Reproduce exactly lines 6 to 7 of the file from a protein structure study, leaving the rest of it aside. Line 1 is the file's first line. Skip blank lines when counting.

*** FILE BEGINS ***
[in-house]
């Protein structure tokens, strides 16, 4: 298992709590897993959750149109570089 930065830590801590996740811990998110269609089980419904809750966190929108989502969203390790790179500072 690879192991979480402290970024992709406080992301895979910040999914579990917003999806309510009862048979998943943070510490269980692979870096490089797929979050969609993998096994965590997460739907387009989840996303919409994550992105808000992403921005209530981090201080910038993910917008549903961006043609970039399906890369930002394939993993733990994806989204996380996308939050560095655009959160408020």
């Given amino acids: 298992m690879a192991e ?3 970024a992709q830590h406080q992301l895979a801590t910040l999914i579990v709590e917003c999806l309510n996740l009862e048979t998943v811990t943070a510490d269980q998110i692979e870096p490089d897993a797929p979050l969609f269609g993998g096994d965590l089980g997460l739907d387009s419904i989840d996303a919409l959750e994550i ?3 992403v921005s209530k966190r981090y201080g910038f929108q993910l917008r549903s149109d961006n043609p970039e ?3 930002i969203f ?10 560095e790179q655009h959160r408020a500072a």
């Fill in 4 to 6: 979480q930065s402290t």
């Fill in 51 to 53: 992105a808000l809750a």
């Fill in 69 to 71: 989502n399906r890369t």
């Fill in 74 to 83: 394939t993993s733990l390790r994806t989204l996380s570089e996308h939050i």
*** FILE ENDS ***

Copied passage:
């Fill in 69 to 71: 989502n399906r890369t």
């Fill in 74 to 83: 394939t993993s733990l390790r994806t989204l996380s570089e996308h939050i």